Another reason why this may need a second viewing is because it is difficult to figure out what is the plot or storyline. Why are we always seeing people eat? pigs mate? microscopic shots of insects? plants bloom, people working, a cop taking a leak, a mole underground? the mixer grinding of a meal? And of course what is the deal with an old man with hiccups, who during the entire film sits and observes while the hiccups take hold of him?

Hidden between all these shots is a murder story that the viewer needs to struggle to figure out, but pay attention, the signs are there. But you will notice a cop doing an investigation and of course a larger clue, a dead man in the pit of the pond. Is it murder?

I don't know if one can come away with all the answers needed, as it is a film that one can just view for its originality. Like any village, the slice of life aspect is intriguing. One can view it as the cycle of life, creatures large and small, life and death, etc.

The DVD provides a commentary with subtitles, but don't expect many clues to what the film is about, but there are a few. The commentary is an understanding on the mechanics of filmmaking such as the sedation of the kitten, how to get a jet to zoom under a bridge, when to film the hot in heat for the right moment, the method of filming a mole, a snake, evolving plants, etc.

Again, whatever you take from this film is good, you don't need to have all the answers, but mostly, take it for its originality and uniqueness in filmmaking .......Rizzo
3 of 4 people found the following review helpful
3.0 out of 5 stars A day in the life of a Hungarian town told by incredible cinematography and acute sound Jan. 21 2011
By Patrick Wilkinson - Published on Amazon.com
Format:DVD
A day in the life of a Hungarian town told by incredible cinematography and acute sound. At the age of 28 in 2002 György Pálfi has put together one of the most unique movie experiences out there. This dark yet funny film at first glance seems to be just a series of random events linked together by smooth camera transitions. But, there is an underlying story here, a caper if you will. "Hukkle" is an onomatopoeia that is supposed to imitate the sound of a hiccup. The opening scene of the film features an old man who cannot stop hiccuping, I believe the director was relating the pace of the film to a hiccup hence the name.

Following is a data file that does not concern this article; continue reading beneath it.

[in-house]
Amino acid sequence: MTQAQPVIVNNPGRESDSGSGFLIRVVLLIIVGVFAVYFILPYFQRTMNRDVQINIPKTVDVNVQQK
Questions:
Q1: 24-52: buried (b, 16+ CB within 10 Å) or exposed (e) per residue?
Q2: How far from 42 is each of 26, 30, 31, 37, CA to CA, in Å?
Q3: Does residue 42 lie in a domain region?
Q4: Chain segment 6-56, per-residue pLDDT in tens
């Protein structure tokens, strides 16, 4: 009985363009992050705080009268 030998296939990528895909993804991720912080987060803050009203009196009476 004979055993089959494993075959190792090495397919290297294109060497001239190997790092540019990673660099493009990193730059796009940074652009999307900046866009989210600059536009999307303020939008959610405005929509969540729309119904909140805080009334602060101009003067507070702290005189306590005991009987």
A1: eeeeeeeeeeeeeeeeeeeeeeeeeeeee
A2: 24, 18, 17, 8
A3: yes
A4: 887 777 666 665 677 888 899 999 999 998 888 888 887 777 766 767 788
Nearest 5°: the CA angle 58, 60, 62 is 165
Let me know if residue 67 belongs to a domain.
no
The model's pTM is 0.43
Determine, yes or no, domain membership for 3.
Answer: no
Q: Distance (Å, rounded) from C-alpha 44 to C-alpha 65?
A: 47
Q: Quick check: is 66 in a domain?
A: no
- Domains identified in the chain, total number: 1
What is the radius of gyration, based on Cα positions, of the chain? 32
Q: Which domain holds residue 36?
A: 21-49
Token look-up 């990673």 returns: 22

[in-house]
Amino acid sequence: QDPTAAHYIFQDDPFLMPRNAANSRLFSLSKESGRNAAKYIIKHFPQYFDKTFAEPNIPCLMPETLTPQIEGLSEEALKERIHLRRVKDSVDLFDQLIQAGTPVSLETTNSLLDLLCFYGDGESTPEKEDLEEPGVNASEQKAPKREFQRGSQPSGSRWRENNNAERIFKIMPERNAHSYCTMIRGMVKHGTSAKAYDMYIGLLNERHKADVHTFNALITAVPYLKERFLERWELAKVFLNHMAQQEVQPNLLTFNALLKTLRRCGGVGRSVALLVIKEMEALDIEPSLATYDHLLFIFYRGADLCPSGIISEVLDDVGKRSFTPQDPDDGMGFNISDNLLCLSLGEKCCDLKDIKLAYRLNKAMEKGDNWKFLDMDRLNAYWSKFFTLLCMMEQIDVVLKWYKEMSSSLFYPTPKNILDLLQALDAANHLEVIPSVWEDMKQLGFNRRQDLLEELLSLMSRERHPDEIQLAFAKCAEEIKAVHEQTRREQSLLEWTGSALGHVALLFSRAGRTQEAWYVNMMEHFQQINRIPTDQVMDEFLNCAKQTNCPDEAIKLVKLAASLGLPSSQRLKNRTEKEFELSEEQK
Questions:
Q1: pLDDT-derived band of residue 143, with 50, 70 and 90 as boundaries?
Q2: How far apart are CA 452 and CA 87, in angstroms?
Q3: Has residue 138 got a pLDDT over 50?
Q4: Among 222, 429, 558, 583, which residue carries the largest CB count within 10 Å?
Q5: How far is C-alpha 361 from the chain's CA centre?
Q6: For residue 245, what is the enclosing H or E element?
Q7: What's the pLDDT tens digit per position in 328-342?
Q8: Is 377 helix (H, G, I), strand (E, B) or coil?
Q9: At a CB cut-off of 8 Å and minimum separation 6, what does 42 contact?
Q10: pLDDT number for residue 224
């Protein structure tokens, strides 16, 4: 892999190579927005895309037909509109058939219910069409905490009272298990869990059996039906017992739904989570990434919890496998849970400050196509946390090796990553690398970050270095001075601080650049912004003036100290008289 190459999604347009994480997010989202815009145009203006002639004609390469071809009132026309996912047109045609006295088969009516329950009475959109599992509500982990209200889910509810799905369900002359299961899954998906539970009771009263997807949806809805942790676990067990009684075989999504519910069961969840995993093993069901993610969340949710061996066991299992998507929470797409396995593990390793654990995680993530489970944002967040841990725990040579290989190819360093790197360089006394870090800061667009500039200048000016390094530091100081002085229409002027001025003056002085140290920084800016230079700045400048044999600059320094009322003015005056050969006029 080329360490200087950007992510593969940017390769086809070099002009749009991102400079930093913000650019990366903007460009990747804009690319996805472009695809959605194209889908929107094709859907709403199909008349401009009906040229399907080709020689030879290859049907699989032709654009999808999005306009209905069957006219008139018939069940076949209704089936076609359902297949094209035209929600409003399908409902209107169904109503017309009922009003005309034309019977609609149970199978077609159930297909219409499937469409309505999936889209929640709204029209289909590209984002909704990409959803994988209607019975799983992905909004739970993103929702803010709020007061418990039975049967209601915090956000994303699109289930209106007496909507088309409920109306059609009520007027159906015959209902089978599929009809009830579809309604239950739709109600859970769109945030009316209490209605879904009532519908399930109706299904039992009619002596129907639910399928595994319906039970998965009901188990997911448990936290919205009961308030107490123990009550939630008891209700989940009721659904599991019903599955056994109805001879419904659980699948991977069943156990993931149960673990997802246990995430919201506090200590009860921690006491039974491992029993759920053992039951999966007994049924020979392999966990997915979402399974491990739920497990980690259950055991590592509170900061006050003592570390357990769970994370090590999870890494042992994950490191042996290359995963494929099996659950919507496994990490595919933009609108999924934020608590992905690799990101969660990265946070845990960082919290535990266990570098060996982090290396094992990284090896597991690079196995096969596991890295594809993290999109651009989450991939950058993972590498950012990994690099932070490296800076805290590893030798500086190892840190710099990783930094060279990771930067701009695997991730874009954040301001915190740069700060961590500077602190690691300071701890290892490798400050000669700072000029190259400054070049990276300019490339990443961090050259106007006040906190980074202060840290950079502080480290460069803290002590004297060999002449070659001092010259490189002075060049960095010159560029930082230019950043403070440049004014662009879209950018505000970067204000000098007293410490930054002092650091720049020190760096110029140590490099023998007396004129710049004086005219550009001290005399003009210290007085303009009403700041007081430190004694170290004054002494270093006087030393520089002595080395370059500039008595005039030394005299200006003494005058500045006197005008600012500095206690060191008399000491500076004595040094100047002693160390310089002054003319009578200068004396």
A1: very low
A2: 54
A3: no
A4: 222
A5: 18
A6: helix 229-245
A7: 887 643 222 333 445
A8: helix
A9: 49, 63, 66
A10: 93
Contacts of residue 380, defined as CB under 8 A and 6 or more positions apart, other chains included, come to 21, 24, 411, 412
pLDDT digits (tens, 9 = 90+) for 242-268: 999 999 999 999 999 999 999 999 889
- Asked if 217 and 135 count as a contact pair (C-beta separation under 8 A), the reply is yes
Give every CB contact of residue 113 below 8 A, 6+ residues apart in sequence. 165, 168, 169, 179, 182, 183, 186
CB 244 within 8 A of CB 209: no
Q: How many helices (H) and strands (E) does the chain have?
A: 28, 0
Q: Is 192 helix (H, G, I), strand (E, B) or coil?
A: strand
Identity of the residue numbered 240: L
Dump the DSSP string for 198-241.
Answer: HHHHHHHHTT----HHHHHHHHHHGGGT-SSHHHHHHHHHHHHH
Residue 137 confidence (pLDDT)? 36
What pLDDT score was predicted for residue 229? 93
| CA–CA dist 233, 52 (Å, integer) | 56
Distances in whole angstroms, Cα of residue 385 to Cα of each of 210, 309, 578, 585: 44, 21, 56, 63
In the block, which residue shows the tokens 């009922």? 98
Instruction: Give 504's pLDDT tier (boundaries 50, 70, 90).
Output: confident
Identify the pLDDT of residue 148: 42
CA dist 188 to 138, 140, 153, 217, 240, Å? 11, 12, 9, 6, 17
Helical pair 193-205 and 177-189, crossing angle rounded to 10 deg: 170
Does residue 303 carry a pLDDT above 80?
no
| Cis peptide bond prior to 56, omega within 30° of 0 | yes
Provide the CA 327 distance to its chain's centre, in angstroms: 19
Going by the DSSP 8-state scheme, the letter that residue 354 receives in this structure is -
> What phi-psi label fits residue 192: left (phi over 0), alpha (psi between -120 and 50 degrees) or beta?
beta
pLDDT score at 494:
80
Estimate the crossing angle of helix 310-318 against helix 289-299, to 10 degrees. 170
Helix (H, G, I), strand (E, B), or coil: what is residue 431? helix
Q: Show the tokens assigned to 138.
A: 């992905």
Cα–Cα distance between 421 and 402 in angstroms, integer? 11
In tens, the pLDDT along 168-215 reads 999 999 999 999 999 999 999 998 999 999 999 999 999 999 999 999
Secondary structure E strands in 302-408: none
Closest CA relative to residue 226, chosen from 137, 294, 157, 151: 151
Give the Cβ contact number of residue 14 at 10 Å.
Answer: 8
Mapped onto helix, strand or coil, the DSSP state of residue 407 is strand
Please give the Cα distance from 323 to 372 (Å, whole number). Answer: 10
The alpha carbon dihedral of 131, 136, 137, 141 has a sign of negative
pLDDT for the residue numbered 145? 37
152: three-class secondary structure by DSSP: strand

During the opening credits the first name featured was that of the sound engineer Tamás Zányi. A fitting honor since there is no dialog in this film, the story is told entirely through sound. Everything from a growing leaf of grass to a F-16 Fighter jet is represented in precise detail. It truly is amazing to watch and listen to a movie like this. It grabs a hold of you and even though the events are seemingly random, you just can't wait to see what will happen next. It's like watching a Hungarian reality show.

Once you realize that there is a story underneath all of this, it makes it even better. I won't ruin it by explaining the plot, just know by the end you should understand it. If not, there is a nice song at the end with the only subtitles in the film to help explain everything. Although, one would benefit from a second viewing to pick it all out.

Visually, this film is wonderful. Cinematographer Gergely Pohárnok was brilliant. Moving smoothly from one scene to the next going through doors, windows and even bodies. He used CGI or computer generated imaging for some of the scenes which seemed out of place for me. I think it was to showcase more of the sound as in the growing leaf, but I thought it was unnecessary. There were only a few quick cuts thankfully, although, one in particular might make you a little uncomfortable or comfortable if your into that sort of thing.

This film is not for everyone. Some may feel bored with this as the plot is barely there. But, if you view this on its technical merits you will be highly impressed.